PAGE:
In a theater town as highly saturated as Washington, there is no guarantee this will come to pass. The trend across the nonprofit theater world is declining financial resources, owing among other things to the economic downturn and a consequent downtick in donations. This, of course, affects the ability of companies not only to stage expensive productions but also to develop effective strategies to retain customers and lure new ones. Rilette is banking on both an alteration in artistic philosophy and a new structure for ticket pricing to help him raise Round House’s profile. It has a relatively small number of subscribers, about 2,000 households. About 60 percent of the company’s audience lives in Montgomery County, Rilette says, while 20 percent are from Northwest Washington and 15 percent from Northern Virginia.
What’s changing is the range and potentially the vitality of the works on the 400-seat Bethesda main stage, and an expansion of the companies invited by Rilette to use its satellite black-box theater in Silver Spring. Gone is the programming built around stage adaptations of literary works favored by his predecessor, Blake Robison. Rilette says his tastes are closer to those of the man Robison succeeded in 2005, longtime producing artistic director Jerry Whiddon.
“This year is going to tell us a lot,” Rilette says. “We’re changing drastically from what Blake has done, but not from what Jerry had done. It relates more to an earlier Round House.”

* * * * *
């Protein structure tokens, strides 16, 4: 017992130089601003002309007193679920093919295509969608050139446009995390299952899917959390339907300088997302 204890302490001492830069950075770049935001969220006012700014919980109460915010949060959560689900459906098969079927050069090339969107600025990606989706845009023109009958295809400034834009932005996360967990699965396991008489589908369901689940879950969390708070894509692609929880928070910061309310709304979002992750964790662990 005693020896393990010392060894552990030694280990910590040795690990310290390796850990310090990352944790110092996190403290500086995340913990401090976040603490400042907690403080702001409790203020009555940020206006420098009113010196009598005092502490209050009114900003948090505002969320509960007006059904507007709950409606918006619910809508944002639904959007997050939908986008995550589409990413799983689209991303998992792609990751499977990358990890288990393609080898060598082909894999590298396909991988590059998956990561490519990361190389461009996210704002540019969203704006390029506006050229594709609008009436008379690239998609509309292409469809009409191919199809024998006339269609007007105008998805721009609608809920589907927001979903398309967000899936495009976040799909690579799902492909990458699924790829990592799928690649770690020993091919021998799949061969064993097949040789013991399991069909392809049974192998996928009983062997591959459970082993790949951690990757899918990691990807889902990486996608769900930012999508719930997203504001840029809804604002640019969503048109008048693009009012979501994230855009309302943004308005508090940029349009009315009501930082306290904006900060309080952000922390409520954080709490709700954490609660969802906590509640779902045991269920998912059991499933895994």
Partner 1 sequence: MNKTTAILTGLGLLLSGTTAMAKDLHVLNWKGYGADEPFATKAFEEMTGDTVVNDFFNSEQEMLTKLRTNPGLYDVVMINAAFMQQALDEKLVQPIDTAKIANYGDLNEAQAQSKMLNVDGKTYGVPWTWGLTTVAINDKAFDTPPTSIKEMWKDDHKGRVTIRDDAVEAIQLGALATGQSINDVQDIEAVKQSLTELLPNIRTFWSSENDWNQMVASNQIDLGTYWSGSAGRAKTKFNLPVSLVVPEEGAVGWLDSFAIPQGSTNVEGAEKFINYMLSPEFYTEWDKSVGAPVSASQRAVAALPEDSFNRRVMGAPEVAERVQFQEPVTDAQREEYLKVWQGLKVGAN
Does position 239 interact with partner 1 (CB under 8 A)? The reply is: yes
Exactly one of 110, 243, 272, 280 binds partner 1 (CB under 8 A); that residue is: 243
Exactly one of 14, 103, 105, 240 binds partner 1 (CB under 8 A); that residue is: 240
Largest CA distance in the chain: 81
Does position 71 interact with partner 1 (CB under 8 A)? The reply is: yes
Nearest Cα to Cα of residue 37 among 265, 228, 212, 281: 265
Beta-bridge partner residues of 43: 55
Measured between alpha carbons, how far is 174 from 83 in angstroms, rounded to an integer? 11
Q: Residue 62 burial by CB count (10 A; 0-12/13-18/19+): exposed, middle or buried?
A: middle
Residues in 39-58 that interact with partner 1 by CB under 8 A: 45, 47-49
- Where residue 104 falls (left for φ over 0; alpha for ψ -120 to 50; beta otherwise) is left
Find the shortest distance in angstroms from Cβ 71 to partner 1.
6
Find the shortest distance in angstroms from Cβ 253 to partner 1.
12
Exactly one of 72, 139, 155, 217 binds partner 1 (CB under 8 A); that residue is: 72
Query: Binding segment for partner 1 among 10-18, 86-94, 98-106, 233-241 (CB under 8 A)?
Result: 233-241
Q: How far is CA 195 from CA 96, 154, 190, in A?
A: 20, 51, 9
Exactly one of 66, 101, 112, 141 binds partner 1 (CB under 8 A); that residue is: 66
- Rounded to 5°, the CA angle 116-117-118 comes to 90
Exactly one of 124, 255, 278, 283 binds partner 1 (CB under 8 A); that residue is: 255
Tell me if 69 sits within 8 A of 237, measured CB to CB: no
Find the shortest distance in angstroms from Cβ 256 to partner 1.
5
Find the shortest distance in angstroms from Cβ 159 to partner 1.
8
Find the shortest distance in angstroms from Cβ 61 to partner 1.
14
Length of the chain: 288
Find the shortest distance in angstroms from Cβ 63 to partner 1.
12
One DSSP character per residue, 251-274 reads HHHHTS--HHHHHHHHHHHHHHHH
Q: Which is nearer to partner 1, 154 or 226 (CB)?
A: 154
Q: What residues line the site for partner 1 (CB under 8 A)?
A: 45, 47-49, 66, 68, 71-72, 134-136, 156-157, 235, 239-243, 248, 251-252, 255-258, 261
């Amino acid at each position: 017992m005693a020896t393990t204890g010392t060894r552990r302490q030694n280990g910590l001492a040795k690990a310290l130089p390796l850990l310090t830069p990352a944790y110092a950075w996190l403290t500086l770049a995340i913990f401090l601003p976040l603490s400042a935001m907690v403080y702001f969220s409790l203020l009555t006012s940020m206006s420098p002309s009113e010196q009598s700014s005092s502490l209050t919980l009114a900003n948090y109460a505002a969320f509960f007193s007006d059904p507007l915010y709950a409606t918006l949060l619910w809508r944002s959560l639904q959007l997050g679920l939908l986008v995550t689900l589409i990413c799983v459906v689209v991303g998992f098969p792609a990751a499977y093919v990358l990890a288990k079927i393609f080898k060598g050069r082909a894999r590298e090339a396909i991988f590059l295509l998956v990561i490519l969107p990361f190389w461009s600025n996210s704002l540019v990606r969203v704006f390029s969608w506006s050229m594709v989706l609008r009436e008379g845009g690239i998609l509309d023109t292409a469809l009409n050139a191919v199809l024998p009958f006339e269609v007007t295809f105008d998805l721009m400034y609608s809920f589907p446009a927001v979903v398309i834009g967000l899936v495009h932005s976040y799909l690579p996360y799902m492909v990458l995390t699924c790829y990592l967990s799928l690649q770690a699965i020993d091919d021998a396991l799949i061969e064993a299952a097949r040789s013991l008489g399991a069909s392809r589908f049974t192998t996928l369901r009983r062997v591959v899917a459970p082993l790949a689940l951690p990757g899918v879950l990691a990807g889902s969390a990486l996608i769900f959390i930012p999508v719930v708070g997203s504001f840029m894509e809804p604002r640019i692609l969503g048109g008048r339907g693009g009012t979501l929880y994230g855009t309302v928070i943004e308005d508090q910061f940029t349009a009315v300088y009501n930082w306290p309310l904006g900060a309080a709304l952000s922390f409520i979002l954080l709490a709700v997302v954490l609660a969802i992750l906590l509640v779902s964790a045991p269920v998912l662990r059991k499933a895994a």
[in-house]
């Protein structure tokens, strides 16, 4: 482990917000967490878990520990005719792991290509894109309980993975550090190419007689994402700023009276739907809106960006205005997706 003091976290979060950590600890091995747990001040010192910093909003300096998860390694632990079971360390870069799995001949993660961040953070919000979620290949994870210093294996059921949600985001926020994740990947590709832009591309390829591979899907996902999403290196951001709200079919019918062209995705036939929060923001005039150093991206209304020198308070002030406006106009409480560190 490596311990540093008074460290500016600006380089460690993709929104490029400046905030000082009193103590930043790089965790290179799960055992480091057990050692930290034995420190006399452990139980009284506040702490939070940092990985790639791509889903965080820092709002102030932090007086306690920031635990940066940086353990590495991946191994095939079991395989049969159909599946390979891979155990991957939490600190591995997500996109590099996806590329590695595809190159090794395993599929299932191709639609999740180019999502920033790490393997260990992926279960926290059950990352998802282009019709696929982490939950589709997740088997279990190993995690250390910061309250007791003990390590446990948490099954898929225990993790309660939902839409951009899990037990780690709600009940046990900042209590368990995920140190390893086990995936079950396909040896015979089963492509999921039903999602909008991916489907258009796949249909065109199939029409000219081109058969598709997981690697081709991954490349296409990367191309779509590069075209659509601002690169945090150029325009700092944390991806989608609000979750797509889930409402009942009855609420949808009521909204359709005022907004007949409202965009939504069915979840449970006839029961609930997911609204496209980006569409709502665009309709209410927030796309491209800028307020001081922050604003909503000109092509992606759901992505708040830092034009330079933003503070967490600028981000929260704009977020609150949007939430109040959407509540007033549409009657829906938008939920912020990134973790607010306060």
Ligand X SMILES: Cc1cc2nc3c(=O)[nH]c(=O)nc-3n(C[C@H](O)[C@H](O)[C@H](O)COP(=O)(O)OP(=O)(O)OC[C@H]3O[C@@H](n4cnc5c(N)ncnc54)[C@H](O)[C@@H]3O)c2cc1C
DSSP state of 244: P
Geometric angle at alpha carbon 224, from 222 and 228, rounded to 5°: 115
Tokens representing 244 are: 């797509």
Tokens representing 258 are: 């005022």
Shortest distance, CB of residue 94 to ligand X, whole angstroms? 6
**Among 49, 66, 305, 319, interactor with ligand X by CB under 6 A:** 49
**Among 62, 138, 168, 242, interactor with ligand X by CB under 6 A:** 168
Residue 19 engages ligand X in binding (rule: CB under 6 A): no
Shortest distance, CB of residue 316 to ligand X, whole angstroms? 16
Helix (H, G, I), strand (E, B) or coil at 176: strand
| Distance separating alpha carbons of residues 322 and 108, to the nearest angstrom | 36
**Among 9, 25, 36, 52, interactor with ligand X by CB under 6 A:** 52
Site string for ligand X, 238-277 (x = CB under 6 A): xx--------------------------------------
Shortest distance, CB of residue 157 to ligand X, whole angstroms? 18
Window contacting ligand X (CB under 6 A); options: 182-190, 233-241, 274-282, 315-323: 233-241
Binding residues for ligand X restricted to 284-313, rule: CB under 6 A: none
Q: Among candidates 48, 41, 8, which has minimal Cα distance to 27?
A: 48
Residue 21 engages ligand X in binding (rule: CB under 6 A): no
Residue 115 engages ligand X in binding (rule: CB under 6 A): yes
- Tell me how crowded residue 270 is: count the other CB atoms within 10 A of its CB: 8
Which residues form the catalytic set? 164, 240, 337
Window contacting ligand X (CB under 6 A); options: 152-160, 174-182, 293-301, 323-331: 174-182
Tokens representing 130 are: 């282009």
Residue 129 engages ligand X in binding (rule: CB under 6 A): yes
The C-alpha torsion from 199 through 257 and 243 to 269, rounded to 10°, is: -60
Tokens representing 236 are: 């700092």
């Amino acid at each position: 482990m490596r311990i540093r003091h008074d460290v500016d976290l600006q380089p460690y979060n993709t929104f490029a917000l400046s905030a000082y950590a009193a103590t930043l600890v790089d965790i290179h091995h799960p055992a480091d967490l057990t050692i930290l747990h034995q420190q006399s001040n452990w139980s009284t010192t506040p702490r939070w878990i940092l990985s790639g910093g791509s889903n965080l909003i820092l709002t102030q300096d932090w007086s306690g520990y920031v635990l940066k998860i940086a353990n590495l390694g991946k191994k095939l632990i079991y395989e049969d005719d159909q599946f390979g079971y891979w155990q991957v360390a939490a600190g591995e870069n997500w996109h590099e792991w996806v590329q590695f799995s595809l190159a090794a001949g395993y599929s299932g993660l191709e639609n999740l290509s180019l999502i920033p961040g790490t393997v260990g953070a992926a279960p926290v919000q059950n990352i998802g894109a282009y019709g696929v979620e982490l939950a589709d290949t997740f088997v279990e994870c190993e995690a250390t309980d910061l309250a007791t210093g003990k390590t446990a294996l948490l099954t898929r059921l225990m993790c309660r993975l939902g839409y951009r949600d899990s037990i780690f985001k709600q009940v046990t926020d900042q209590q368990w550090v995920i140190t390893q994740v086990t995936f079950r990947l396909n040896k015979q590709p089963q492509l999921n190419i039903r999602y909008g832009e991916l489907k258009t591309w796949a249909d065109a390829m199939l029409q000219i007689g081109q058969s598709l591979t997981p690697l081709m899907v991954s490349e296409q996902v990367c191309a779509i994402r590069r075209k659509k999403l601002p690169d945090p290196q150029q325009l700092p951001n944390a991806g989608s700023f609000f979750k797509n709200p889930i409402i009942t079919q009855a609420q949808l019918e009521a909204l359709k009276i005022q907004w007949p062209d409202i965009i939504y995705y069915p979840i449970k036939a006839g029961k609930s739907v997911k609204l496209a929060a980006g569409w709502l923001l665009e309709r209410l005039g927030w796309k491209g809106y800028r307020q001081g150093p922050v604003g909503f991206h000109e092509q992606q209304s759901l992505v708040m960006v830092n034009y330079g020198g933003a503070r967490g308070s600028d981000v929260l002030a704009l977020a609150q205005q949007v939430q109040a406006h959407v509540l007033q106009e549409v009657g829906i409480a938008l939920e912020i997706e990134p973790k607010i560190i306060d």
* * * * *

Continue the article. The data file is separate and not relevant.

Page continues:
In Bethesda, Round House will open the 2013-14 season with a revival of Martin McDonagh’s searing black comedy, “The Beauty Queen of Leenane” (Aug. 21-Sept. 15), directed by Jeremy Skidmore and starring Kimberly Gilbert and Sarah Marshall, as a wildly disturbed daughter and mother in rural Ireland. It will close the season with the regional premiere of an off-Broadway musical, “Ordinary Days” (May 28-June 22, 2014) by Adam Gwon (“The Boy Detective Fails”) to be directed by Matthew Gardiner, Signature Theatre’s associate artistic director.
Between those will be offered “This” (Oct. 9-Nov. 3), a new play by Melissa James Gibson (author of “Current Nobody”); two Broadway comedies, Nicky Silver’s “The Lyons” (Nov. 27-Dec. 22) and Theresa Rebeck’s “Seminar” (Feb. 5-March 2, 2014); and August Wilson’s comedy-drama “Two Trains Running” (April 2-27, 2014). Rilette will direct “This,” Whiddon will stage “Seminar” and John Vreeke will oversee “The Lyons.” No director has been named for the Wilson play.